Continuity. That's the buzzword around India's new central bank governor Urjit Patel.
It's quite a departure from the fireworks that accompanied his predecessor Raghuram Rajan's appointment and surprise resignation. The Kenyan-born, Western-educated Mr Patel will take the reins at the Reserve Bank of India next month.
He is expected to maintain much of the policy status quo but with less rocking of the political boat.
Other contenders for the post included ex-governor Rakesh Mohan, ex-deputy Subir Gokarn and State Bank of India chairperson Arundhati Bhattacharyya.
His appointment sends the right message, according to Vivek Dehejia, an economics professor at Carleton University in Canada and the co-author of Indianomix.
"Patel will be a classical central banker who will speak only on issues within his remit. And that is what a central governor should be doing," he told the BBC.
"The position of a central banker is to talk about monetary policy and he will hopefully not use that position as a bully pulpit."
Mr Rajan, whose good looks and eloquence helped generate a "rock star" reputation, is bowing out under a cloud following very public clashes with the government.
Sharply critical at times about India's crony capitalism, he reportedly ruffled too many feathers and ended up feeling undermined at the RBI. But most market watchers agree that he left India's economy in better shape than when he came in.
Three years ago, the Indian rupee was in freefall against the US dollar, inflation was raging at double-digit rates and the banks were burdened by a mountain of bad debt.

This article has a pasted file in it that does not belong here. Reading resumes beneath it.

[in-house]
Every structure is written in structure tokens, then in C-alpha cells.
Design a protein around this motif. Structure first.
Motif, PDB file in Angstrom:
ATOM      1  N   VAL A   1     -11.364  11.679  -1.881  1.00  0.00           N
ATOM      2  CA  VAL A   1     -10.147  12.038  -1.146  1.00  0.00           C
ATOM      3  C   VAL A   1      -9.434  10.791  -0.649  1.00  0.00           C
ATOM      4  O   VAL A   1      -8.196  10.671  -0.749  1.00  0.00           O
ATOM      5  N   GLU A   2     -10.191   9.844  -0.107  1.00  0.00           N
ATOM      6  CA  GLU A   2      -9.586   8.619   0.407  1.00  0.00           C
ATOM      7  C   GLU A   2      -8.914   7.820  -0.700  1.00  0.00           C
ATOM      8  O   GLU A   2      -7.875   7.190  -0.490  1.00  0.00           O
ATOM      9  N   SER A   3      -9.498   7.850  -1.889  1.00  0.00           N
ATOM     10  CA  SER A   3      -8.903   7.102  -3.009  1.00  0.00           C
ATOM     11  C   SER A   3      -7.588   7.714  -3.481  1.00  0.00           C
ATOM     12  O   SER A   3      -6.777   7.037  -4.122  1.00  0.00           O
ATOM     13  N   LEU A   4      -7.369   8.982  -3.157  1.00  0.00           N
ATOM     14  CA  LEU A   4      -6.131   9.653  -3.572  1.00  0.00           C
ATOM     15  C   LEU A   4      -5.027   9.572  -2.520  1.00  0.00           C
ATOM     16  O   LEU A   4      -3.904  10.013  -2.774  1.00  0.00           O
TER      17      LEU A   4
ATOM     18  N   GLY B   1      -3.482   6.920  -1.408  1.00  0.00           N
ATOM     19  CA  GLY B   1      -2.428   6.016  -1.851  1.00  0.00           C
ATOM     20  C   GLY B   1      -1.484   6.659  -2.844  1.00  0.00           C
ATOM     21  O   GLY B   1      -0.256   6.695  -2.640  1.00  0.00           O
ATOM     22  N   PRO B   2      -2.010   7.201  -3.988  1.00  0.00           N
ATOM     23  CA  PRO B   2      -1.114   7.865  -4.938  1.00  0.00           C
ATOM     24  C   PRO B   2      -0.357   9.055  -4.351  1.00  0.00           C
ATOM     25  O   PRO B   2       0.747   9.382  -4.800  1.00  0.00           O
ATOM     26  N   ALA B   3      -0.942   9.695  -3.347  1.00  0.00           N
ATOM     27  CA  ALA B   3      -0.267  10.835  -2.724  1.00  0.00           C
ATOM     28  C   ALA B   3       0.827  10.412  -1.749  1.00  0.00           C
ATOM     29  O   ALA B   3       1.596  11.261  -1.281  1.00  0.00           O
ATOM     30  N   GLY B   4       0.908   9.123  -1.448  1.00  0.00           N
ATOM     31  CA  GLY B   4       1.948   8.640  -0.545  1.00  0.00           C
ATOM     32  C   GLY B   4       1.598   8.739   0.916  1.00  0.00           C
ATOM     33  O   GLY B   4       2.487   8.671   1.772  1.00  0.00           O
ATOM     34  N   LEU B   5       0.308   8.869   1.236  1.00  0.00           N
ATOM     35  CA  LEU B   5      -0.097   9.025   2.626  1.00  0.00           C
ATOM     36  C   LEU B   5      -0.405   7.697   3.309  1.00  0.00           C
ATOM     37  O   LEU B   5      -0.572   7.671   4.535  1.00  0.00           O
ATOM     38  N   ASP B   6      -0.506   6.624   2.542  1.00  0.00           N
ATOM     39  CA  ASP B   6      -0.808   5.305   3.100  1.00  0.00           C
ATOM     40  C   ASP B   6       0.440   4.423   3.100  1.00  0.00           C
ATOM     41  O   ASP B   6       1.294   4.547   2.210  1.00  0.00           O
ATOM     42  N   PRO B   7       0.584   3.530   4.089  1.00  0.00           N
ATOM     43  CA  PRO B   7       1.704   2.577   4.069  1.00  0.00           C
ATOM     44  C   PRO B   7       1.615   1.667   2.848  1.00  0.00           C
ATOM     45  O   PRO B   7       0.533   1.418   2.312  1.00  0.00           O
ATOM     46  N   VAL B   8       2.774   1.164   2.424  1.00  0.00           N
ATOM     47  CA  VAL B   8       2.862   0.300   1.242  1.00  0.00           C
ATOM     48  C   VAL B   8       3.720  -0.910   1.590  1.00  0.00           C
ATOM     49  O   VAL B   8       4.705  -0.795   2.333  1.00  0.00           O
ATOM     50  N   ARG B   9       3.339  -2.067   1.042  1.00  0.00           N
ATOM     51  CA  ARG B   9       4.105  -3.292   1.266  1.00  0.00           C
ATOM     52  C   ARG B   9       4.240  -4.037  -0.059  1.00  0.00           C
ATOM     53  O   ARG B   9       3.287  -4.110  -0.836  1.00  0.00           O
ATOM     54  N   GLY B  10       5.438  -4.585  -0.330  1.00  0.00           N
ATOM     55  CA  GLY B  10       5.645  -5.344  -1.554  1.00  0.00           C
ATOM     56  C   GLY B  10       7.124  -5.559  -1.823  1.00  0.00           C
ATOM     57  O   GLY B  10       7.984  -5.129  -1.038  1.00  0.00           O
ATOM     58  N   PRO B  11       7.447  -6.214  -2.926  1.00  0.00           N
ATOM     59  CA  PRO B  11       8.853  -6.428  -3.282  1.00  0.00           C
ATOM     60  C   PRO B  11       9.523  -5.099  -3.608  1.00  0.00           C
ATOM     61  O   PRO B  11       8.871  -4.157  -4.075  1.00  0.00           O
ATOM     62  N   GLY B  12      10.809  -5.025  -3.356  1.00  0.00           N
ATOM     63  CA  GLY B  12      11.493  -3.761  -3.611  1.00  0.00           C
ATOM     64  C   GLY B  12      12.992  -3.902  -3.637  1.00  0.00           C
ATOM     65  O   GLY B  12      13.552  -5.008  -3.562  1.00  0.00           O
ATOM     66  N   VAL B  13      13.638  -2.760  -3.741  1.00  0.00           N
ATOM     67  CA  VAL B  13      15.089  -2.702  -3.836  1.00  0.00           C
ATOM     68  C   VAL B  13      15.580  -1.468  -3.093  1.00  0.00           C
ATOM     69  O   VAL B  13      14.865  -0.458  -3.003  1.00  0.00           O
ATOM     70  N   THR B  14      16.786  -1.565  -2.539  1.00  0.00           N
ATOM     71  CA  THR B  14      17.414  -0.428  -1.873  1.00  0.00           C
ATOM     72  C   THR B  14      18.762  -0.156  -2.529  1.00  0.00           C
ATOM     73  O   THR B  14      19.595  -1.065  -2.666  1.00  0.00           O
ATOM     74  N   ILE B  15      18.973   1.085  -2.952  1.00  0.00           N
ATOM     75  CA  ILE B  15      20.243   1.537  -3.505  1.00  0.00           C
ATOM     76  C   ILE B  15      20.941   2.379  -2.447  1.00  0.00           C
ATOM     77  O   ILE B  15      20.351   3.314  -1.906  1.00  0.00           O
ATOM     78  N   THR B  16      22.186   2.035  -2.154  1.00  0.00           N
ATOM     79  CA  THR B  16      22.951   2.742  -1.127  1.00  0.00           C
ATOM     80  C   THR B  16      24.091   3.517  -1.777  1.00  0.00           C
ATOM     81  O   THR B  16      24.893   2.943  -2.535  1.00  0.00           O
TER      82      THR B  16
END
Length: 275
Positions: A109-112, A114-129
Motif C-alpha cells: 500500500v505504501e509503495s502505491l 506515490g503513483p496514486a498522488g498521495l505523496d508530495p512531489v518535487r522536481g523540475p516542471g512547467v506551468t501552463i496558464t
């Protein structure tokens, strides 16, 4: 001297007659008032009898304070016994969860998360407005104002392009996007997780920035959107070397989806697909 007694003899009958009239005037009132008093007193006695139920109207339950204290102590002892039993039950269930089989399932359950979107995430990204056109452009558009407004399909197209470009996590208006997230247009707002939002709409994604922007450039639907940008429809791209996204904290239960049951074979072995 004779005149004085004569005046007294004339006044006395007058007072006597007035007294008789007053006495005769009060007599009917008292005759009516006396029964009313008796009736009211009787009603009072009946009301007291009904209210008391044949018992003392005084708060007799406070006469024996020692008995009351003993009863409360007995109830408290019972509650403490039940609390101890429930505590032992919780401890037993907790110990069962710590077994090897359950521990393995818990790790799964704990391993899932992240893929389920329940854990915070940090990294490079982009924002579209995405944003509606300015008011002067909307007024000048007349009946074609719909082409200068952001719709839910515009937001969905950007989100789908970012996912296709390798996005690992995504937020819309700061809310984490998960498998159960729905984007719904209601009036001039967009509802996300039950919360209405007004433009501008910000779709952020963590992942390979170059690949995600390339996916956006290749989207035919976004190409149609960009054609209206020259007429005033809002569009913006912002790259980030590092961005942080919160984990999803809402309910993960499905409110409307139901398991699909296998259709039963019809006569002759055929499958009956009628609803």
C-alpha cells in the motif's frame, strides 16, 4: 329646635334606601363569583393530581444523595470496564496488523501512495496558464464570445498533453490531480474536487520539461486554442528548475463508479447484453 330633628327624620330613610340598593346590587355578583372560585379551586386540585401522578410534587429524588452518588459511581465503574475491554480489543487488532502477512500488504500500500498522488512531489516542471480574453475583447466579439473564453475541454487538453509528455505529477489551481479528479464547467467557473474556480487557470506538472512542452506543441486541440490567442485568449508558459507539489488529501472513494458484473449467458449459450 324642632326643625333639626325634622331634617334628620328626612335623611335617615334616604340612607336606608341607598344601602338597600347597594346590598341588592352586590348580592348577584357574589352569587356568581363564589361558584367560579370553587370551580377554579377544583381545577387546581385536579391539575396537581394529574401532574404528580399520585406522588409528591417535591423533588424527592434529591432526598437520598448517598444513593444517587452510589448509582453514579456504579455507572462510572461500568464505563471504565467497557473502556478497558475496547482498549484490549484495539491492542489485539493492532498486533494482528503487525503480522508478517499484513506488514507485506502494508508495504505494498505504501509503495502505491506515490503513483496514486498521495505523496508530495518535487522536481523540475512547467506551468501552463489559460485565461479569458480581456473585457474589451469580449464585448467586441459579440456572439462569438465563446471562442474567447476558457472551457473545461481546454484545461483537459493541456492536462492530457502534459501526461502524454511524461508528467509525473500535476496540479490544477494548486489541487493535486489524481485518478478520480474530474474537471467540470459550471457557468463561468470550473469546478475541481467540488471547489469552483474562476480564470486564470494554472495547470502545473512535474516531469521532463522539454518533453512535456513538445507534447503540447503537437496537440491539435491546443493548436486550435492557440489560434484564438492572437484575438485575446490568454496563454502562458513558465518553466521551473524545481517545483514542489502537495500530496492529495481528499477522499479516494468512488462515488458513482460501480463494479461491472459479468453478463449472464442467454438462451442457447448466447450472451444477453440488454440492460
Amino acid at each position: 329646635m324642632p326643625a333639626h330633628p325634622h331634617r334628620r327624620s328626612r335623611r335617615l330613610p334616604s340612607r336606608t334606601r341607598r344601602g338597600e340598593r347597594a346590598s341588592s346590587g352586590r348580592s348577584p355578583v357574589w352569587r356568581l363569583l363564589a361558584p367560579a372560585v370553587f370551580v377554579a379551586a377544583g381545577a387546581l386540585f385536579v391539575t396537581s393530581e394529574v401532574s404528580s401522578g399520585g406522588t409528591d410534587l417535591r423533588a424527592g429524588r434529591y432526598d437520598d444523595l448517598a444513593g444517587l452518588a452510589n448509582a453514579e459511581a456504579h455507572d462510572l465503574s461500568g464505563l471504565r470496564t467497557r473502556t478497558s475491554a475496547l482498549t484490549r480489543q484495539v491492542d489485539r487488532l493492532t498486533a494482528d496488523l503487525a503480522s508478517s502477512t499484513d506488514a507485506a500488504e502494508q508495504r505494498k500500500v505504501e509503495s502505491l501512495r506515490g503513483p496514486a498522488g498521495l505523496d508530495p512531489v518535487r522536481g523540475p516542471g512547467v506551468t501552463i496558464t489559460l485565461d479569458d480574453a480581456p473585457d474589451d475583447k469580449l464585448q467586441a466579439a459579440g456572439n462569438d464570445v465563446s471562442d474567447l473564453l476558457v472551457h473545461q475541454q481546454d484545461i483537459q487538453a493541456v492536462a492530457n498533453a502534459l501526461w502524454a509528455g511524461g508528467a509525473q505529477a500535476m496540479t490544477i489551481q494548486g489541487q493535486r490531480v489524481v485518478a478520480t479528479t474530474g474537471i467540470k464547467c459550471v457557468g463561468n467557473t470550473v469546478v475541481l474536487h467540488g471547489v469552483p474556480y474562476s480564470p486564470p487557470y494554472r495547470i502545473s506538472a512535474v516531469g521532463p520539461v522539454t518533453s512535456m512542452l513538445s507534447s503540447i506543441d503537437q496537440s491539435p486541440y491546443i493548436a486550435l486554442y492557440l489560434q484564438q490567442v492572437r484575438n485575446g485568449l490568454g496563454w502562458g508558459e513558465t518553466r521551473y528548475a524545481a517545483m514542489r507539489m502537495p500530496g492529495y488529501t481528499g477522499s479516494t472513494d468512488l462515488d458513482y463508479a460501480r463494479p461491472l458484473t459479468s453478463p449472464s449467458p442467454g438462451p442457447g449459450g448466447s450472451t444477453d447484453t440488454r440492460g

Mr Rajan moved quickly to implement a tight monetary policy, address the current account deficit and reform the Indian banking sector. Once considered one of the world's "fragile five" economies, India is now among the fastest-growing.
Vishnu Varathan from Mizuho Bank believes that "political agenda and vested interest" usurped economic sensibility in India and that Mr Rajan should not have been let go before serving a second term.
"Extending the tenure of central bankers is ordinarily a given, and justifiably so, in view of long lags in monetary policy transmission alongside the need to manage policy through business cycles," he told the BBC.
"Opting to let Rajan's term expire risks being construed as a politically motivated move to rein in central bankers with an independent streak not aligned with the establishment - a perception reinforced by public criticisms of Rajan by politicians."